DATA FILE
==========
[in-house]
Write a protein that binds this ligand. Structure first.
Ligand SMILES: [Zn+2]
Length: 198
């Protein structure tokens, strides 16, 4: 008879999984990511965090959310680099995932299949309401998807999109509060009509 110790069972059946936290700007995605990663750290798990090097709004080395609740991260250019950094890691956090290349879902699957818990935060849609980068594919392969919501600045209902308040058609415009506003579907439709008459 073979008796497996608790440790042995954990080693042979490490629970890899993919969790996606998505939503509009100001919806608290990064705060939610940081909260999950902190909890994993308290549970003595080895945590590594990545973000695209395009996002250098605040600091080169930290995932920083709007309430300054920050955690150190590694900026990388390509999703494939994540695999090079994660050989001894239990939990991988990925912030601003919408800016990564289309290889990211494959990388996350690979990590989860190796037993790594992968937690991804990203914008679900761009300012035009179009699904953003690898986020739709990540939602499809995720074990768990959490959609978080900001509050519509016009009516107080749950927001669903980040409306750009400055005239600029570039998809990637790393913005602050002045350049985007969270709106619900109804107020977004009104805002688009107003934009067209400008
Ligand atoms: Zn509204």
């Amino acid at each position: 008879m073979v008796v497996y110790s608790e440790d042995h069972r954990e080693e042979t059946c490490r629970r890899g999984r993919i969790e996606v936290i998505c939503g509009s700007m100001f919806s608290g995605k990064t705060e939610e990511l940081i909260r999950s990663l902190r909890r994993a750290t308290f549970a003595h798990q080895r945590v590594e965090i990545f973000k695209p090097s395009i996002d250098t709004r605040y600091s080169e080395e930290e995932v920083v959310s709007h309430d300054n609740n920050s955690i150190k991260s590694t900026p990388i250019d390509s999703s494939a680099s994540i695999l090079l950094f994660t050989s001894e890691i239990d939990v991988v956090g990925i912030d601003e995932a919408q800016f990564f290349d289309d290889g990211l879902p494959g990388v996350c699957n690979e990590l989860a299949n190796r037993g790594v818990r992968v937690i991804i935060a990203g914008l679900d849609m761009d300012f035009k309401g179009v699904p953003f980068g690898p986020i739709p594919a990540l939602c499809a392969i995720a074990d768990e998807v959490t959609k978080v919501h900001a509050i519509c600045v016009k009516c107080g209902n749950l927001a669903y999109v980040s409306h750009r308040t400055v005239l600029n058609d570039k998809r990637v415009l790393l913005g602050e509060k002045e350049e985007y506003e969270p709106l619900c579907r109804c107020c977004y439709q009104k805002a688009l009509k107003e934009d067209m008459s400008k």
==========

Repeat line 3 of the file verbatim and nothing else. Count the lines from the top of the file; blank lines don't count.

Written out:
Ligand SMILES: [Zn+2]